Collision coverage is voluntary and helps pay the cost of repairing or replacing your vehicle after it is damaged in an accident, whether you’re at fault or not. Collision is generally defined as “colliding with an object,” whether it is another vehicle or a stationary object. It also covers damages from accidents where no other object is involved, like a rollover due to icy conditions.
What does collision insurance cover?
Collision is a type of auto insurance coverage that helps pay to repair or replace your car if it’s damaged in an accident. This type of coverage helps protect you financially from the expense of vehicle damage as the result of a covered accident. Whether it’s a fender bender, side swiping a guardrail or backing into a tree, collision coverage will help you get back on the road.
Is collision insurance required?
Currently, there are no states that require you to carry collision insurance. If you have a loan or lease on your vehicle, your lender will typically require you to have collision coverage. While this coverage is optional if you own your car outright, you’ll want to consider the value of the vehicle when determining if collision coverage is right for you. If the repairs are greater than the deductible or if the vehicle is a total loss, having collision insurance can save you money and give you peace of mind while you’re on the roads in Glenwood Springs, Rifle, Carbondale or anywhere else you may go.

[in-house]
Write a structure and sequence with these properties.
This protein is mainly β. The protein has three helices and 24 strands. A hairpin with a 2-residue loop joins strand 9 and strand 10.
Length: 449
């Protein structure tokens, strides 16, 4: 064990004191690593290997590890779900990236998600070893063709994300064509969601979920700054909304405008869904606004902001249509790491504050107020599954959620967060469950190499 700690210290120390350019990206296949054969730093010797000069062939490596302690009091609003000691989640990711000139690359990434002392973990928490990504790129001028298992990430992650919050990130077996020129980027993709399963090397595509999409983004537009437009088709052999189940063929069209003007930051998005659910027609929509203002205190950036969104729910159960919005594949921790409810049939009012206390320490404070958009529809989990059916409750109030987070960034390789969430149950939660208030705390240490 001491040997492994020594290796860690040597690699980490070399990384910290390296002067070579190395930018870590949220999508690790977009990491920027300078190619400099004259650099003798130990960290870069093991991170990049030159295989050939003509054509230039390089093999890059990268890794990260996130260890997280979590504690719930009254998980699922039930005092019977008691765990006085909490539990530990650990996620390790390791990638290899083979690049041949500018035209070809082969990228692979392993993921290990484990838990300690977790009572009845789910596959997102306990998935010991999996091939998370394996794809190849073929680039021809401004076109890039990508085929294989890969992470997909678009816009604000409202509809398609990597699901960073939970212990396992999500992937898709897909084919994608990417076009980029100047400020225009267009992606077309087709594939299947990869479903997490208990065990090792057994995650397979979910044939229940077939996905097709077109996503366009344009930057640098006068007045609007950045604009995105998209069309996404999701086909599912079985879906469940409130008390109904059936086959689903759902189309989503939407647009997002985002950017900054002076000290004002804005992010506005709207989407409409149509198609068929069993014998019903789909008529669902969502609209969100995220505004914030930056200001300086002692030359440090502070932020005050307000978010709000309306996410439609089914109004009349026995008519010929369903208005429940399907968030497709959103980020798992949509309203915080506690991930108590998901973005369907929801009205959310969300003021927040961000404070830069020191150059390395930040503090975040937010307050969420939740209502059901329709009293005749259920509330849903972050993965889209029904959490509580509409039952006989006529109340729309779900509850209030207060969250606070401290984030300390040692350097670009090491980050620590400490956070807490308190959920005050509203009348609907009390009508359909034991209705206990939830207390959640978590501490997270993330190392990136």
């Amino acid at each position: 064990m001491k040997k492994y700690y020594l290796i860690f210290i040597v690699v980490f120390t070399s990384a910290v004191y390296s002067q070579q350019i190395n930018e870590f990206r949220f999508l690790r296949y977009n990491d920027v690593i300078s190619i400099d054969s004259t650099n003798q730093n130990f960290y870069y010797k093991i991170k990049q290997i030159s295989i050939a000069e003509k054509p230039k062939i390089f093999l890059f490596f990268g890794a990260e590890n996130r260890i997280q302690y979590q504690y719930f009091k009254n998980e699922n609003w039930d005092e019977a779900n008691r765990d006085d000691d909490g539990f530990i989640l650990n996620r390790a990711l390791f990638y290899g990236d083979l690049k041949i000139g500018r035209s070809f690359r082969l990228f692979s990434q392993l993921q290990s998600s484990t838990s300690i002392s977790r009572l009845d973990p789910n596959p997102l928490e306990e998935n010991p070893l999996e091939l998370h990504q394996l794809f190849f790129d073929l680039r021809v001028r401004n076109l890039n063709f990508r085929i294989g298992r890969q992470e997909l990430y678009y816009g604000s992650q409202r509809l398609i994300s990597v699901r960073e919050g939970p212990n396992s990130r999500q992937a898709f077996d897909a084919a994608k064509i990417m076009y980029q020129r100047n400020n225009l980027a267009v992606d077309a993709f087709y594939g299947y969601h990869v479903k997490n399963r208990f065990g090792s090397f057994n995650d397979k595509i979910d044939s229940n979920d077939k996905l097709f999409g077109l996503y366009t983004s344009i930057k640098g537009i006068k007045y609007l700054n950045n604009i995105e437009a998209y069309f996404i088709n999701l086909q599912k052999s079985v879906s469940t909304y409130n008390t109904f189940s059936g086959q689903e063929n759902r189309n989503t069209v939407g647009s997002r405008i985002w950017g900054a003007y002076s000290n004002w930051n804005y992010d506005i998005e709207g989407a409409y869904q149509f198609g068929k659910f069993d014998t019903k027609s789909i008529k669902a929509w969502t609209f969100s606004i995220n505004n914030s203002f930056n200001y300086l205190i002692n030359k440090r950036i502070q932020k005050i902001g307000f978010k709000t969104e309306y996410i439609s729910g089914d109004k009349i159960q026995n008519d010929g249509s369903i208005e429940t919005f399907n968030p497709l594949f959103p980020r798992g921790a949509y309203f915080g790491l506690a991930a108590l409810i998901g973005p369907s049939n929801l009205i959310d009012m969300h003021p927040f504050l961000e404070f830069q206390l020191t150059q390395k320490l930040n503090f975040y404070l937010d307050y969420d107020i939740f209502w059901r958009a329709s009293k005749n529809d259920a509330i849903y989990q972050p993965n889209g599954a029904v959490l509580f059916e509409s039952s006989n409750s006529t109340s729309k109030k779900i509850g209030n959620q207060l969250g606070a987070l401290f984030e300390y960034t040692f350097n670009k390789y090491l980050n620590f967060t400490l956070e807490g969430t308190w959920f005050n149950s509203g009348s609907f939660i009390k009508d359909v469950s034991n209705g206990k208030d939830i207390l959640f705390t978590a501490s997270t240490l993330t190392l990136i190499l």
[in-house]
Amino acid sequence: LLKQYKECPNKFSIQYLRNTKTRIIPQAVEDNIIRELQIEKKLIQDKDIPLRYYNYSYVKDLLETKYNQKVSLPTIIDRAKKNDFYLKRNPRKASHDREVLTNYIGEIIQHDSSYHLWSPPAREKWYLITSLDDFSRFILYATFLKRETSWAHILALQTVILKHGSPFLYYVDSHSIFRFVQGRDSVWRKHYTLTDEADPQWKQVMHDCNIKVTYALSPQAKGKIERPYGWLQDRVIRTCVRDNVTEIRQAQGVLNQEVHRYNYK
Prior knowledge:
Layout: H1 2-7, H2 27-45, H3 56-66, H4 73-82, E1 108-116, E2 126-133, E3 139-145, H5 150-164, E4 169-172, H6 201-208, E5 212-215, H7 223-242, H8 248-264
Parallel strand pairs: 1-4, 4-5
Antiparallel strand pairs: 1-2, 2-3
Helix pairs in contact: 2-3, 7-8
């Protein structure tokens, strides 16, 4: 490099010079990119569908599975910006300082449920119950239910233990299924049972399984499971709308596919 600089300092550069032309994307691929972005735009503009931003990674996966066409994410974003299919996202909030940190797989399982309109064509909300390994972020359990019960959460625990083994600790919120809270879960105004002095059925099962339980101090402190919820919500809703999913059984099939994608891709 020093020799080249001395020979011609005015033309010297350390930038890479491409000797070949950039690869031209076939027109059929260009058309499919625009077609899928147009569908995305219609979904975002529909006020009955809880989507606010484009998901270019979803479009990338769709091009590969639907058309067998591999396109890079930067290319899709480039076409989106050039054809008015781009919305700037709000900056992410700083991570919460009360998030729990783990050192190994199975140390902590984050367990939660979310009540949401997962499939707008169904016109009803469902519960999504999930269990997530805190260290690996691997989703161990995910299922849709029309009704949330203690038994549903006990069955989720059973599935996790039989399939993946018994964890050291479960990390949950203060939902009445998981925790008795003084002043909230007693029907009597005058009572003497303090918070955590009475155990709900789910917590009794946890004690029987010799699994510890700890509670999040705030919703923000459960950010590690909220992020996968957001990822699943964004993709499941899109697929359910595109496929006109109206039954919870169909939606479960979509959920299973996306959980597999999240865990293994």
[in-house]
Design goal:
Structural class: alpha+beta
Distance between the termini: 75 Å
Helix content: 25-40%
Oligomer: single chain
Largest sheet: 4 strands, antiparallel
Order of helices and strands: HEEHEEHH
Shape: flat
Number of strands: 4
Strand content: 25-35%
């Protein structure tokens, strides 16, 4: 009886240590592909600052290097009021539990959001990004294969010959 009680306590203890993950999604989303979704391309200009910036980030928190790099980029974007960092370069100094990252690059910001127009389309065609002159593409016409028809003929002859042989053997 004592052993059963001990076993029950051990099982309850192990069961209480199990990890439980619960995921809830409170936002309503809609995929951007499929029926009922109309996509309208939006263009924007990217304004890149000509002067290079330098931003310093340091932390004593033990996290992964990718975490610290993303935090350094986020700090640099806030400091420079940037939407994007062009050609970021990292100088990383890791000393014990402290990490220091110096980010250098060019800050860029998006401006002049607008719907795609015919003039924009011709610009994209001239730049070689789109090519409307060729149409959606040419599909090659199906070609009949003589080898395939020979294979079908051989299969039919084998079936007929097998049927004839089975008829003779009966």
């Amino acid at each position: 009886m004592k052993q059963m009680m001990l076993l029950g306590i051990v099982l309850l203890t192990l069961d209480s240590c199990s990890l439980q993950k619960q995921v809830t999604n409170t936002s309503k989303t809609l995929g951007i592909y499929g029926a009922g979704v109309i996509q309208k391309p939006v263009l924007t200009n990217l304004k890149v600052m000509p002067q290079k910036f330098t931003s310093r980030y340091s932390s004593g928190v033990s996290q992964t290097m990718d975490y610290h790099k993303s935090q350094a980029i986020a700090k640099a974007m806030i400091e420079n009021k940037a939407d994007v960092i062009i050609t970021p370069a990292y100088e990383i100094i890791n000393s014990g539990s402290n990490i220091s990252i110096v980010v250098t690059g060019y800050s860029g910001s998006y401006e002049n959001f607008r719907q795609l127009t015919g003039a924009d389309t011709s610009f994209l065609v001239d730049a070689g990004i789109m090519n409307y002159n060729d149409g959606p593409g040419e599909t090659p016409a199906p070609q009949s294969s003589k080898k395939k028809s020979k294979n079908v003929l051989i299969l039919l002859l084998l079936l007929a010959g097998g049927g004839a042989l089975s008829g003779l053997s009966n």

What isn’t covered by collision insurance?
Each policy is unique but typically collision insurance won’t cover damages to your vehicle that occur when it is stationary. Some examples are: theft, hail damage, vandalism and falling objects. For these types of incidents, you’ll need comprehensive coverage. Collision coverage does not cover expenses related to bodily injury.
How does a collision deductible work?
If your vehicle is damaged as the result of a covered collision accident, you will pay your collision deductible first and then the insurance carrier will pay the remaining damages. Collision deductibles apply regardless of fault. For instance, let’s say you have collision coverage on your auto policy with a $1,000 deductible. You rear-end another vehicle and the accident results in damage to the front end of your vehicle in the amount of $10,000. You will be responsible for paying your $1,000 deductible and then the carrier will pay the remaining damages. Carriers often offer multiple deductible options and the amount of your deducible is your choice. It is important to remember that the lower the deductible, the higher the vehicle insurance premium will be.